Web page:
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Guidelines for Conversations About Race in the Church

4 Daily Prayer Practices For Pastors and Church Leaders

Since the MLK50 conference, T4G, and the flurry of tweets, blog posts and rants exploded onto the Internet, I’ve noticed a distinct fervor in the conversation surrounding race and the church (especially in reformed spheres). We seem to need some guidelines to make these conversations fruitful rather than frustrating. We’re failing to demonstrate fundamental unity, clarity or brotherly love. It’s coming from the “famous” pastors and the “every day” pastors, from those of us with many Twitter followers, and those of us with 50. If we want to see true progress in the area of race and the church, then we need to work harder at how we discuss it.

We are not on “sides” in the race discussion

We are not on different sides when we are talking about race in the church. We may have different perspectives on specific topics, but we must do the hard work of maintaining that we are one body. If someone is a believer, we are compelled to treat them as part of the body. The world argues with one another as opposing factions and tribes; we must be different.

The gospel tears down all worldly barriers; we are united fully in Christ. That doesn’t mean all of our perspectives have to be uniform! We might have different perspectives on everything from worship style to social issues, but we are still one in Christ. Thus, we address each other from a place of love—not a place of resentment. We must demonstrate this fundamental love for each other, especially when we disagree. Before we are white, black, American, European, Asian, etc., we are in Christ.

This failure isn’t coming from one “side” of the debate, but both. From believers of all skin tones (including my own) I see unfair pieces that try to impune others’ motives unfairly, or simple strawman arguments. There are many examples of this. Instead of trying to hear the issues raised by others by virtue of them being raised by professing believers, people try to shut others down.

We don’t get to say, “Either you agree with everything or you are not my brother.”

“For through him we both have access in one Spirit to the Father. So then you are no longer strangers and aliens, but you are fellow citizens with the saints and members of the household of God…”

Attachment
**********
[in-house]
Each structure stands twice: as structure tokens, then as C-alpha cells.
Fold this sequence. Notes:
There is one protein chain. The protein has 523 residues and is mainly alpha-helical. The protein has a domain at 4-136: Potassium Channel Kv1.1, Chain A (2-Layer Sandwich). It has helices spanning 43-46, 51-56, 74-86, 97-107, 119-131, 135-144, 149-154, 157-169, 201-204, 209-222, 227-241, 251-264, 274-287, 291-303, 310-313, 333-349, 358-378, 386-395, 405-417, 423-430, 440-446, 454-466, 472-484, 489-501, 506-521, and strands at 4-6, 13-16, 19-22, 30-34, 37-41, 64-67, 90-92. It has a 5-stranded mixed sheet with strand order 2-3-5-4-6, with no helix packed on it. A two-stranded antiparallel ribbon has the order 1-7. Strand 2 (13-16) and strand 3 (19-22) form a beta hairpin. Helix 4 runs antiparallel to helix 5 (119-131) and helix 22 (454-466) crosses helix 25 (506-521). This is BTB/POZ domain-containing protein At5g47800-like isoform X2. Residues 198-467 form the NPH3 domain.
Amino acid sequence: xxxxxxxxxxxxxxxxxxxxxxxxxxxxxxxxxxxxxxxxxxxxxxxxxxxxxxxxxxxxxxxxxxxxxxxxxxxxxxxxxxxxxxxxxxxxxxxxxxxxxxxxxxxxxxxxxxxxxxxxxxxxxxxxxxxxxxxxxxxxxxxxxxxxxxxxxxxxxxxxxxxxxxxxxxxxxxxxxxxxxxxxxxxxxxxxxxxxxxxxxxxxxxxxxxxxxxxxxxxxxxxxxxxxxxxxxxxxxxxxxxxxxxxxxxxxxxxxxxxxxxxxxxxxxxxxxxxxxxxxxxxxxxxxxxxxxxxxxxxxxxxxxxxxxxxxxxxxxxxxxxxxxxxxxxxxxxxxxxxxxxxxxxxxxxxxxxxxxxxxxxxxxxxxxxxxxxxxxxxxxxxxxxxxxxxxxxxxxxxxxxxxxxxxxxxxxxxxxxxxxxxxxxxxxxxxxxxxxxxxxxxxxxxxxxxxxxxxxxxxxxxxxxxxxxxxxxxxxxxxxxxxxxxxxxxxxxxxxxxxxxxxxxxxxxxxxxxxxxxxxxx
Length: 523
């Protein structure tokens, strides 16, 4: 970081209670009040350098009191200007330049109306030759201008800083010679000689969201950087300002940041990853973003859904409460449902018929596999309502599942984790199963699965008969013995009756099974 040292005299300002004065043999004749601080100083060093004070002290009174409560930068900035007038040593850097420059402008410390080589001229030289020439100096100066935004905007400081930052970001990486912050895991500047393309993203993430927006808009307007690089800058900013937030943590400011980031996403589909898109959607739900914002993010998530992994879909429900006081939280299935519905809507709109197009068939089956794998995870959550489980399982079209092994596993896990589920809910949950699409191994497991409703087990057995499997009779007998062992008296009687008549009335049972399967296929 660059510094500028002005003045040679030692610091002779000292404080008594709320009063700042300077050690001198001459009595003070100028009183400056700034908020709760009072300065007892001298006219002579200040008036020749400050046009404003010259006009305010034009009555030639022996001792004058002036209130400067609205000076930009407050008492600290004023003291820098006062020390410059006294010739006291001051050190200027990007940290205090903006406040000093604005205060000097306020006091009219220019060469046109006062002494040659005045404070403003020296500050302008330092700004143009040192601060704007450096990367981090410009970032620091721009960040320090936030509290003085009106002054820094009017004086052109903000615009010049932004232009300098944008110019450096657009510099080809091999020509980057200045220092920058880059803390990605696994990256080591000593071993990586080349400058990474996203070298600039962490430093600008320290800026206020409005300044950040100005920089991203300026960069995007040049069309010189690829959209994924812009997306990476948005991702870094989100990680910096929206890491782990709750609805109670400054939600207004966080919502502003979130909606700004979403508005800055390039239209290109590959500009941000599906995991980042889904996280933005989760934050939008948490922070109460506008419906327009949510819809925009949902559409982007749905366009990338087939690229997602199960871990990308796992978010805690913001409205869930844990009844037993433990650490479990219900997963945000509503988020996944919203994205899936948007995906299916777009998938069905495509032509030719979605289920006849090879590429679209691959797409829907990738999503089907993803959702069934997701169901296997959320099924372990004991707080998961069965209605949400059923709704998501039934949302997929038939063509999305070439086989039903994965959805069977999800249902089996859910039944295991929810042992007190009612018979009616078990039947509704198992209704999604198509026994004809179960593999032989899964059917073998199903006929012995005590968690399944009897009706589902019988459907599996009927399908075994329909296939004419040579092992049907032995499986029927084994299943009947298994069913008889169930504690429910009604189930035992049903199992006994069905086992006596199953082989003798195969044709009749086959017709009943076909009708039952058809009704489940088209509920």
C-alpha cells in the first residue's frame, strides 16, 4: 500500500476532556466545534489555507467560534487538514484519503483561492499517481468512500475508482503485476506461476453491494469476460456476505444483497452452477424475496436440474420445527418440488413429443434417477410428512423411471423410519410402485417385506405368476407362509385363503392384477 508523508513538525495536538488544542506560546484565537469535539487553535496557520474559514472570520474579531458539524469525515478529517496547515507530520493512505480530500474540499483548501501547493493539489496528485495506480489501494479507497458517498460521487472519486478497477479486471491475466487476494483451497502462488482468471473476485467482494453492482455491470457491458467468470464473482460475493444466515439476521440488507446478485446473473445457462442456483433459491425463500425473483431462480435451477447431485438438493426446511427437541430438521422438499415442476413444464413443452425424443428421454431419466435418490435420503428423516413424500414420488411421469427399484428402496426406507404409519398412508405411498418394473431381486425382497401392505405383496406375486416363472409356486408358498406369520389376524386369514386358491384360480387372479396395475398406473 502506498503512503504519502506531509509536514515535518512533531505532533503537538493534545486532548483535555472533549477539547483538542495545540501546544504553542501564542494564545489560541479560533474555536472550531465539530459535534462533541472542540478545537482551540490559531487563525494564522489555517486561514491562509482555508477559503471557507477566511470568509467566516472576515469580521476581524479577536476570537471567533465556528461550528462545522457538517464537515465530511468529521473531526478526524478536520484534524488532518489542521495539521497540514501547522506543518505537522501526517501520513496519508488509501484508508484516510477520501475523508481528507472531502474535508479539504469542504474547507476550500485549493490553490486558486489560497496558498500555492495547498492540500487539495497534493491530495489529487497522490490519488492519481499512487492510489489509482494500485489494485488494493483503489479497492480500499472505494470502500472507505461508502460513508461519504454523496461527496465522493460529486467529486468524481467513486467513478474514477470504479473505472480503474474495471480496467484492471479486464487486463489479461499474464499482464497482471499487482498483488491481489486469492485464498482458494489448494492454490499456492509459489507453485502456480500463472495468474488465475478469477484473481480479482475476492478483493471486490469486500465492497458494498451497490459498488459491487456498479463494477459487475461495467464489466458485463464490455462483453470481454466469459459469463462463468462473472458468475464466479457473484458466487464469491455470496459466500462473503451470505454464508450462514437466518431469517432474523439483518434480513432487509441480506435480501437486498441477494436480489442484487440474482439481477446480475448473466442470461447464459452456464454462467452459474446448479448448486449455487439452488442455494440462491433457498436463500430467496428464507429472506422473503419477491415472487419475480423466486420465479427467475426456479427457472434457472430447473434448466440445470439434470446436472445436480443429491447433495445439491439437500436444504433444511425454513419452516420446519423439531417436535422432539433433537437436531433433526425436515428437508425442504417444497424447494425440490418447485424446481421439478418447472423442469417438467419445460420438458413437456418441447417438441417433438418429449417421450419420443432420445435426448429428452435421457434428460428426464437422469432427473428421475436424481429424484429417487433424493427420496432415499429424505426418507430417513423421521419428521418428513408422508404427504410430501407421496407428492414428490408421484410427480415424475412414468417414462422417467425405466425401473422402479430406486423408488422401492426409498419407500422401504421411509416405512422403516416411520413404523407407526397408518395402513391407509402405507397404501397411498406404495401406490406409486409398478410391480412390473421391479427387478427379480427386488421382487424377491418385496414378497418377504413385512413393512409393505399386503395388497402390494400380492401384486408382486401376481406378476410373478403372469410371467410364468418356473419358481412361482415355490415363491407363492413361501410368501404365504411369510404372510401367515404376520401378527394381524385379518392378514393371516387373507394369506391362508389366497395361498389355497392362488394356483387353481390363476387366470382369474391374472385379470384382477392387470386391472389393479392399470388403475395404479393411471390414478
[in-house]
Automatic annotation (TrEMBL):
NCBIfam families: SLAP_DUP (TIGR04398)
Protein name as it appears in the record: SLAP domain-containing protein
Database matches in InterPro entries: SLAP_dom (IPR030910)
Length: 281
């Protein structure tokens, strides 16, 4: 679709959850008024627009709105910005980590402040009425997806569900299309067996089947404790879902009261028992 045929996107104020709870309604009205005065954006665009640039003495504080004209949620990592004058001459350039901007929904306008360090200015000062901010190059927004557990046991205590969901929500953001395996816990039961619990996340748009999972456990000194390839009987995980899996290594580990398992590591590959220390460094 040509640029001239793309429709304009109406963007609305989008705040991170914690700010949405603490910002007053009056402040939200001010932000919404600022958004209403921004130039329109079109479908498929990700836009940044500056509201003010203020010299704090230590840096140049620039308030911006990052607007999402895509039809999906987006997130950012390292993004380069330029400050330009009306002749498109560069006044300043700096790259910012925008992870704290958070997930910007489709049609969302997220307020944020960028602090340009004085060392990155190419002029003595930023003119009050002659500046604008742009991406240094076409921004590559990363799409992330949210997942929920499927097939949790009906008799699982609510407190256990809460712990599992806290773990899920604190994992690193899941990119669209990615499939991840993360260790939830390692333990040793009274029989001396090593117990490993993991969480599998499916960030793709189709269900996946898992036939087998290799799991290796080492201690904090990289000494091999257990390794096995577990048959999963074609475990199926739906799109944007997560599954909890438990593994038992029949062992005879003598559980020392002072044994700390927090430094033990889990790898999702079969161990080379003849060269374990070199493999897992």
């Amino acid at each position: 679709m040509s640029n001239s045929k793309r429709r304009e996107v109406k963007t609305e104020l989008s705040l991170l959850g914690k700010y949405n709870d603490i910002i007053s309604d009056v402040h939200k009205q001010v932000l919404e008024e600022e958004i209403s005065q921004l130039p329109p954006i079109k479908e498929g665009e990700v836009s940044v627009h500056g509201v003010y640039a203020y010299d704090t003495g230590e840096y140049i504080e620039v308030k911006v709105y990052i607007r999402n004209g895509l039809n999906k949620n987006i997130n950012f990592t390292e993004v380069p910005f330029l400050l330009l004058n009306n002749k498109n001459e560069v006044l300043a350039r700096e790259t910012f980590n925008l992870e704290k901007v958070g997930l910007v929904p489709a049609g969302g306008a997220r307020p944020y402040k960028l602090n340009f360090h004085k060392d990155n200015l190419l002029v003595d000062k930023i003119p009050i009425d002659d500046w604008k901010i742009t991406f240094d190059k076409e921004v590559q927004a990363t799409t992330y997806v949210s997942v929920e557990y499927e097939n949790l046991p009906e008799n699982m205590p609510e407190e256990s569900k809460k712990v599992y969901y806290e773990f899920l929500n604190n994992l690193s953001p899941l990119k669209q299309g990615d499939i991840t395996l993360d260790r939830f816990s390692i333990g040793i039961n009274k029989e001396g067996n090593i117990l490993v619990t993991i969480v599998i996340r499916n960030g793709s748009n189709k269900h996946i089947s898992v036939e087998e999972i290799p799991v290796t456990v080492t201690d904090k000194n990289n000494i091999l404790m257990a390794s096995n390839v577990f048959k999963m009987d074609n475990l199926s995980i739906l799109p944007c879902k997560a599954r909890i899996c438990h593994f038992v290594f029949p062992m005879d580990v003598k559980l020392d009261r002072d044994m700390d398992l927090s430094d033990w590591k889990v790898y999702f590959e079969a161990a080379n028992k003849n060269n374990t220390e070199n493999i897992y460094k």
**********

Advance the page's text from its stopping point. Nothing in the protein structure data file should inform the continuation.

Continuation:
Ephesians 2:18-19 ESV (emphasis added)

“[Be] eager to maintain the unity of the Spirit in the bond of peace.”
Ephesians 4:3 ESV

Whether you are white or black, you are a Christian, and it is your duty to “endeavor to keep the unity of the spirit in the bond of peace.”

We put comfort over listening

We need to have the patience to listen to others, especially godly Christians with different experiences than our own. If we are one body, then we should seek to understand others before we seek to convince them of our perspective. This doesn’t mean that we simply listen when someone is tarnishing the truth. When the truth is at stake, let us humbly, patiently, persistently call it out.

We put being heard over being understood

We must care more about speaking clearly and graciously than about winning an argument. We ought to talk about race the way the Bible does (for starters, that we are all one “human race,” with many different ethnicities). Scripture is clear that we are responsible for how we speak—not just in content, but in tone. Speak graciously to one another so that others have a chance to listen and understand without feeling attacked. This principle from scripture applies whether we are white or black.

“I could be wrong…”

“I could be wrong…” is an under-used phrase. These issues are not black-and-white, one-size-fits-all. Whether you are black or white, you can still be wrong, no matter your personal experience. No matter the color of our skin, you and I both must reject the thought that we have nothing left to learn from other godly people. There is no skin color that has an immunity to being wrong. We need to get over ourselves, our politics and our skin color, if it leads to idolatry of our own perspective.

“Know this, my beloved brothers: let every person be quick to hear, slow to speak, slow to anger.”
James 1:19 ESV

Let’s put unity, humility and patience first. In doing so, we will demonstrate the authenticity of the gospel to the world around us. As others see people disagreeing and struggling together in love, the salvation that Christ purchased for us will be made known in a deeply meaningful way.

“By this all people will know that you are my disciples, if you have love for one another.”
John 13:35 ESV

This article originally appeared here.

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David Appelt serves as the music director at NewLife Community Church in Canal Winchester, Ohio. Full-time music snob. He plans on pursuing pastoral ministry in the future.